Going into this season, Brandon Taylor was more confident in his game than he’d ever been.
The Penn State senior forward was taking and making tough shots in practice and pick-up games. It didn’t matter what type of shot he took, Taylor thought it was going in.
That wasn’t the case the first three years of his career.
“I take a shot and I think so bad in my mind that it’s going in and then when it doesn’t go in, that it just kills me and you can see it affect the rest of my play on defense or missing a rebound and getting a dumb foul,” Taylor said of his past mindset in October. “And that’s just something that with age, I feel like I’ve gotten better at.”
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Taylor spent part of his offseason working on keeping a clear head to avoid those lapses in games. He also focused on his defense and on developing his mid-range skills to become a more complete player.
Five months after the team’s media day, Penn State beat Illinois in double overtime to close out a regular season in which Taylor emerged as a complete player and respected leader. Taylor led the Nittany Lions in scoring with 16.3 points per game and rebounding with 6.5 per game and helping his team finish 16-15 overall and 7-11 in the Big Ten, the best conference record under coach Patrick Chambers.
Penn State earned a first-round bye in the Big Ten tournament as the No. 10 seed and will take on No. 7 seed Ohio State (19-12, 11-7) in the second round at 6:30 p.m. Thursday in Indianapolis. The winner advances to take on No. 2 seed Michigan State at 6:30 p.m. Friday.
The Nittany Lions clinched their conference tournament bye with their win over Illinois.
After the game, Chambers and Taylor embraced as the alma mater started to play.
“He was just saying that he’s proud of me, he’s proud of everybody,” Taylor said after the game. “And I feel the same way.”
Taylor weighed 260 pounds when he arrived at Penn State. He needed to reshape his body and get used to the level of play he’d be facing in the Big Ten.
Going into this season, he also needed to reshape his game.
Chambers said Taylor was a 3-point shooter his first three years — 3-point attempts accounted for at least 53.8 percent of his shot attempts in each of those seasons. He embraced the change, doing most of his damage from the post this season.
It led to increased production.
Taylor is averaging 7.2 points per game more than he did last year. He has knocked down a career-best 35.6 percent of his 3-pointers, but the long-range shots have accounted for just 32.2 percent of his shot attempts. His commitment to playing inside generated more free-throw attempts (125) this season than in his first three seasons combined (111).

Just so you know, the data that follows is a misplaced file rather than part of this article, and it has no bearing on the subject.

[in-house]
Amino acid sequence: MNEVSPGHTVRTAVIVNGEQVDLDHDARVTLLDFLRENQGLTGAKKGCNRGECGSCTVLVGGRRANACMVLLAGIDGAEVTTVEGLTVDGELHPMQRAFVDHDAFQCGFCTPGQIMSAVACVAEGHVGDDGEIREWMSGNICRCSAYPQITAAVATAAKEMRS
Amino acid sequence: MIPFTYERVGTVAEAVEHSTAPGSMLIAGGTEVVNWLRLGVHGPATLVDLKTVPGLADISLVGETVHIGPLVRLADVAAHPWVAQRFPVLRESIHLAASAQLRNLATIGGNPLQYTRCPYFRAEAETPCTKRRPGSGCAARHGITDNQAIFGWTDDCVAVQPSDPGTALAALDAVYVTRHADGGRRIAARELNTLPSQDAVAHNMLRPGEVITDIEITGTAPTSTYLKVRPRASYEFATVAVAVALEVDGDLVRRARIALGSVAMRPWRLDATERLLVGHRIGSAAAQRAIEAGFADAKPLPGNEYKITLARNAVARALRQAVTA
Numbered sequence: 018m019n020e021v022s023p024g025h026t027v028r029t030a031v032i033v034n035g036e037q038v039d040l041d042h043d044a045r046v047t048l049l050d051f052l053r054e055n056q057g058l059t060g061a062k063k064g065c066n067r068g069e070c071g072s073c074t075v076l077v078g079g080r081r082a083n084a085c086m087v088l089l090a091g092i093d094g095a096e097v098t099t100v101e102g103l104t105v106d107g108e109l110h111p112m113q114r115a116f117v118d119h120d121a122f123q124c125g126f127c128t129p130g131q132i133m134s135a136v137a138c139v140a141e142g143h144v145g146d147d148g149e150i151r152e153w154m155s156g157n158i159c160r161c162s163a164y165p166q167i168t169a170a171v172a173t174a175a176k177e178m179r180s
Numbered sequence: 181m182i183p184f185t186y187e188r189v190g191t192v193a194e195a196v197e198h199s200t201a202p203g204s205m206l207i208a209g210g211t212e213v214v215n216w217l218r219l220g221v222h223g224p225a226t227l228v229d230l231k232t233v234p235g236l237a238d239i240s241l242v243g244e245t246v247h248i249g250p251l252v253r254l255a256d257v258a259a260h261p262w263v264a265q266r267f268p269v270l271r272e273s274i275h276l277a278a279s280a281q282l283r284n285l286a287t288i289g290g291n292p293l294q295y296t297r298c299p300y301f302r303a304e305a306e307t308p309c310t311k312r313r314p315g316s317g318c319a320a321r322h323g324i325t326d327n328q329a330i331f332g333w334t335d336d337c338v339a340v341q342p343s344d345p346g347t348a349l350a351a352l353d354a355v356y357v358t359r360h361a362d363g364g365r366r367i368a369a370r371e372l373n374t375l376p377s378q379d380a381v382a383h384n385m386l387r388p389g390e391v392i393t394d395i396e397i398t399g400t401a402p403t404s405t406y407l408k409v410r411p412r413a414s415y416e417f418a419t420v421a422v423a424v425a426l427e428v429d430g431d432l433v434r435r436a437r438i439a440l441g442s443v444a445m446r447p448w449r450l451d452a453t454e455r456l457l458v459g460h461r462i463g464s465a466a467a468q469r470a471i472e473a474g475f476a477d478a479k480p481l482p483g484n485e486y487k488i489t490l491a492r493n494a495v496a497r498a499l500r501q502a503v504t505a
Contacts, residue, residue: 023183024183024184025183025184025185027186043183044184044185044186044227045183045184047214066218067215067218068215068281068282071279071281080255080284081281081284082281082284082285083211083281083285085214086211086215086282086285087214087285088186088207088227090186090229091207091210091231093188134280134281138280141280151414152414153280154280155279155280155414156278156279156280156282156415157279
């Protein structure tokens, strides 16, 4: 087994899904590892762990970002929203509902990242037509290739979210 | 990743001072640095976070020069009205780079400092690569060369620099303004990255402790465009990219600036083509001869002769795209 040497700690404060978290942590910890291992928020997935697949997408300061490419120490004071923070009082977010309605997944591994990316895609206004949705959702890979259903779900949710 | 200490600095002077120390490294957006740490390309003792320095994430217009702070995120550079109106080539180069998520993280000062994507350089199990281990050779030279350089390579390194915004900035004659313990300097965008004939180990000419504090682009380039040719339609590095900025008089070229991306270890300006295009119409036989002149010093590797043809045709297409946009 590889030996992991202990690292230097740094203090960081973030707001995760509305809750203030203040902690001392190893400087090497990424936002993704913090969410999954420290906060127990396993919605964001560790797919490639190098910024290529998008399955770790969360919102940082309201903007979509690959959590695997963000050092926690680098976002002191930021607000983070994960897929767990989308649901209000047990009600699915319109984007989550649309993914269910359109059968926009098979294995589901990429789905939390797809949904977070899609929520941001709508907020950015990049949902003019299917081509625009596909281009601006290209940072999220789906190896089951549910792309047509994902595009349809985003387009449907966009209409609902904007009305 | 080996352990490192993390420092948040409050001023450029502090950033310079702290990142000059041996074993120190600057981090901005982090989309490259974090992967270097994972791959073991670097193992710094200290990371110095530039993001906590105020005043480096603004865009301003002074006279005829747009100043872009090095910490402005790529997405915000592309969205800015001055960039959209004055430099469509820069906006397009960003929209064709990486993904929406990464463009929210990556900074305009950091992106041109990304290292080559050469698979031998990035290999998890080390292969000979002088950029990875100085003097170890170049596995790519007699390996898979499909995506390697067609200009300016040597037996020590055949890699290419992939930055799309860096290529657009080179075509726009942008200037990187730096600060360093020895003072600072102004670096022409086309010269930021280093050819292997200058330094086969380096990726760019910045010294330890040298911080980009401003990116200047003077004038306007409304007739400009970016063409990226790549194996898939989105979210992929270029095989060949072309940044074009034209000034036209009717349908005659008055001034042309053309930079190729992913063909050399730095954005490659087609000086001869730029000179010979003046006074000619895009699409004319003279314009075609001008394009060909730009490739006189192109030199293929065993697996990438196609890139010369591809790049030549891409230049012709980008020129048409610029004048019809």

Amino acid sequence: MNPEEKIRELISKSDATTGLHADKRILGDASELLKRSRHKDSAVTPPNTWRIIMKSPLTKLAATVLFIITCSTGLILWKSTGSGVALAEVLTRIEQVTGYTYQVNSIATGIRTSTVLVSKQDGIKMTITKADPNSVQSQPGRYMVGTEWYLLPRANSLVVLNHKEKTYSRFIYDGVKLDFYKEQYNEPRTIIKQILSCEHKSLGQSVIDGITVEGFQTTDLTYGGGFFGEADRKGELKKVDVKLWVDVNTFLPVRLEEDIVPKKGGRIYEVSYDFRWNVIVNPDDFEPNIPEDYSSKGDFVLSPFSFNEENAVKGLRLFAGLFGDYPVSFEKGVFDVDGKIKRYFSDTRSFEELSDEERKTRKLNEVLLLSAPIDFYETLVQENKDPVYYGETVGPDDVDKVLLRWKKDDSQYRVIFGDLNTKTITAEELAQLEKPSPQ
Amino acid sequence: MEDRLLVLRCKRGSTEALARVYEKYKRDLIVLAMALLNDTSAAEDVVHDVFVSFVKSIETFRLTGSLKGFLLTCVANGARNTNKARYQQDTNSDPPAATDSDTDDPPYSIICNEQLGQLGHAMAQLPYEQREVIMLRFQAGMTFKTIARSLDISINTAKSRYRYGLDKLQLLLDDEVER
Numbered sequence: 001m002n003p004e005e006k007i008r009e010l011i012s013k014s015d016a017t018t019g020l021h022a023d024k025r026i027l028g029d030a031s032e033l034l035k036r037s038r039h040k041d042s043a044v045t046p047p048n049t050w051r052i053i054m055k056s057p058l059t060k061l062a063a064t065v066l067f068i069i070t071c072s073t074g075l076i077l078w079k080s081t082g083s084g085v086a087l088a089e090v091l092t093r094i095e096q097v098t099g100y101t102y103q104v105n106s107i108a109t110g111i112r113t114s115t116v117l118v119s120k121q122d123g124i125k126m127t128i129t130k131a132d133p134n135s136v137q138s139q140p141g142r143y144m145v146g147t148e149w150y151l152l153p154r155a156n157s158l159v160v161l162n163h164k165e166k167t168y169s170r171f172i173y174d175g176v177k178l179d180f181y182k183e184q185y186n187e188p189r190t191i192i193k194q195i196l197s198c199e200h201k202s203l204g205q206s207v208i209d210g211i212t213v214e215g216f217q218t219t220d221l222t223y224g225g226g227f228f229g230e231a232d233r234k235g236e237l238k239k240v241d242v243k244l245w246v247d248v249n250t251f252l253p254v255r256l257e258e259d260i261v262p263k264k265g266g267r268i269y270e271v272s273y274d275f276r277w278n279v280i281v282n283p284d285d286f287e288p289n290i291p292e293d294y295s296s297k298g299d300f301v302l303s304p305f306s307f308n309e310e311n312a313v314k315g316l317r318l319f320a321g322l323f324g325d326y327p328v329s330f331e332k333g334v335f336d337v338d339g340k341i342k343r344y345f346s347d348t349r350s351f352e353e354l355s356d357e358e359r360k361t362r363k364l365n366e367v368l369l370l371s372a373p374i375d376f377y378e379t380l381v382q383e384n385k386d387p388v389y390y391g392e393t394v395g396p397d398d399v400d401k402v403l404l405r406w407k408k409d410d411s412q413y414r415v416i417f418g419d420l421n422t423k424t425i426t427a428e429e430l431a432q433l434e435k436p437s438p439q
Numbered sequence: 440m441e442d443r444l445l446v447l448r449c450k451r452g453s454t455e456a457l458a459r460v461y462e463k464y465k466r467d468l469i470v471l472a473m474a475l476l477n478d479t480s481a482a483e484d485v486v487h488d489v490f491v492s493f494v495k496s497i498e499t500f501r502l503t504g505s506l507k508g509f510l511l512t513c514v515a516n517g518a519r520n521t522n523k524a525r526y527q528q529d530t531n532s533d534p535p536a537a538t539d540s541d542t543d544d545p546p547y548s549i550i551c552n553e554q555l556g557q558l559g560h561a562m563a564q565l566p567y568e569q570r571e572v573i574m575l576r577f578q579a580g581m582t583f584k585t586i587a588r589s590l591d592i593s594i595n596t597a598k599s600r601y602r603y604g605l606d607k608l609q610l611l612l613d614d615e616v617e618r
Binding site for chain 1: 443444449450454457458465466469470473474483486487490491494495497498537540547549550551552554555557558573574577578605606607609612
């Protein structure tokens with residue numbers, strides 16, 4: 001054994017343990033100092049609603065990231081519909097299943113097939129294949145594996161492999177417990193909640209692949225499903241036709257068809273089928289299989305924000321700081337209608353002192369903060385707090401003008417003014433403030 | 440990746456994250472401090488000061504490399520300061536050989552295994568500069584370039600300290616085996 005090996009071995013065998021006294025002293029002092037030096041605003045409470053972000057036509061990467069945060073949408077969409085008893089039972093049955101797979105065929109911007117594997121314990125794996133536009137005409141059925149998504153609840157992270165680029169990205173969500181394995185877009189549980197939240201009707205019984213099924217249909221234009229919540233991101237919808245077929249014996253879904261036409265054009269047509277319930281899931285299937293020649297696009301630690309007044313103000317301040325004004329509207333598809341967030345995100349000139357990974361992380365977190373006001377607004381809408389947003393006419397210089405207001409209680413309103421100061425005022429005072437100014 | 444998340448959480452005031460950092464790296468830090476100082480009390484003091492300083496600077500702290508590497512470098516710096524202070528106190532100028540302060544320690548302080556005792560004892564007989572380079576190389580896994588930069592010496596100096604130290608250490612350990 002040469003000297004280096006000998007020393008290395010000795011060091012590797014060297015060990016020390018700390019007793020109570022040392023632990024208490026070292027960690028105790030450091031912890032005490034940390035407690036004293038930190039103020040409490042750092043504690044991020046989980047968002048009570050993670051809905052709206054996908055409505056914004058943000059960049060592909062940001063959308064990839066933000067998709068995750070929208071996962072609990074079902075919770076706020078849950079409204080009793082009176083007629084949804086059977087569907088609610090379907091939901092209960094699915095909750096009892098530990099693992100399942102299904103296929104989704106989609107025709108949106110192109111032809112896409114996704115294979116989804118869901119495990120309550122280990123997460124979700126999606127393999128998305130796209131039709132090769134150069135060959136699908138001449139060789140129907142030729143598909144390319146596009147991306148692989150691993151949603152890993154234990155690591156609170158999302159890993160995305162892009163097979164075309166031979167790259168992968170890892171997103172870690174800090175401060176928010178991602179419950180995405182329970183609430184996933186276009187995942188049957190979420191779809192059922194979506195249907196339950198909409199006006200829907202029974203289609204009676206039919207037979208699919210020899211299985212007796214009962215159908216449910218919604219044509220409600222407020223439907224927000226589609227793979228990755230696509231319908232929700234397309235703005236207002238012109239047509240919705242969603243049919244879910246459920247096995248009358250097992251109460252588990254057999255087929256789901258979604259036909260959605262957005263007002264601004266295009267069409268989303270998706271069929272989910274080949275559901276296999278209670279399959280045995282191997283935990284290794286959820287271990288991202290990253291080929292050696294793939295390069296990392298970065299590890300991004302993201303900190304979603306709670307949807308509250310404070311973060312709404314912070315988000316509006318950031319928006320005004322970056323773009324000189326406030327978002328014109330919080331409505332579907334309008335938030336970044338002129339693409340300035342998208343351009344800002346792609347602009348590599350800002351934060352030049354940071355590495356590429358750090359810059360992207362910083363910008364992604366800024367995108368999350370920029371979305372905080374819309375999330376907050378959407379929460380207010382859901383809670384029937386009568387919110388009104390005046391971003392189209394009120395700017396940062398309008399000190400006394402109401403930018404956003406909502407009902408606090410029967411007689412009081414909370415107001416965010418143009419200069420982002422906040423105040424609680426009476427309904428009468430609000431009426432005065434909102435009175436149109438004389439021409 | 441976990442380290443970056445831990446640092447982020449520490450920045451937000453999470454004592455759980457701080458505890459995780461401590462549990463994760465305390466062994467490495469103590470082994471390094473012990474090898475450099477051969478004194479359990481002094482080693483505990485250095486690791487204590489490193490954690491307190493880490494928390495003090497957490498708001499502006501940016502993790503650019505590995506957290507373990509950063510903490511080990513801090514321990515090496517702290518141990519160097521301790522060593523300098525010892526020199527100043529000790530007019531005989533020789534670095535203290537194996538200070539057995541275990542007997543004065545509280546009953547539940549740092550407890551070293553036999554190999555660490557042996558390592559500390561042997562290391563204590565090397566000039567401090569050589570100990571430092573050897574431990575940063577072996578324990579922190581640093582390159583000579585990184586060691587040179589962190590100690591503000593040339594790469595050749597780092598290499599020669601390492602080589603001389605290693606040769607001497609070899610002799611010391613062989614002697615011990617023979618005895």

“Now I can’t get him to shoot 3s,” Chambers said. “All he wants to do is post up.”
Taylor said he improved most as a leader.
To excel in that role, Taylor communicated more with his teammates.
“Brandon’s a quiet guy. This year, he’s been the complete opposite,” Penn State guard Shep Garner said. “He’s very, very vocal this year. He pulls the best out of everybody. He’s like an extension of coach, and I think that’s the biggest difference between this year and any other year.
“He’s actually talking and demanding 100 percent effort out of everybody that steps on the court.”
Chambers said Taylor “put the program on his back” this season.
The senior carried the Nittany Lions to their best conference finish under Chambers, and he earned third-team All-Big Ten honors from the media.
“We’ve showed that we can develop players, especially him where he started as a freshman and where he is as a senior,” Chambers said. “There’s a guy who trusted the process and did something special and he will forever be up there with Tim Frazier and D.J. Newbill for what he has done for this program in my mind.”
The coach called Taylor’s development an incredible transformation.
Taylor went from a 260-pound 3-point shooter to a 225-pound post player. He played with confidence this season after overthinking shots in his first three years. He became the team’s best player and its leader.
After the win over Illinois, when Chambers and Taylor embraced, the coach thanked him for everything.
“We’ve been through a lot, me and him,” Taylor said. “This four years has been a wild ride.”
Penn State (16-15, 7-11) vs. Ohio State (19-12, 11-7)
Time: 6:30 p.m.
Arena: Bankers Life Fieldhouse, Indianapolis
Radio: WQWK 1450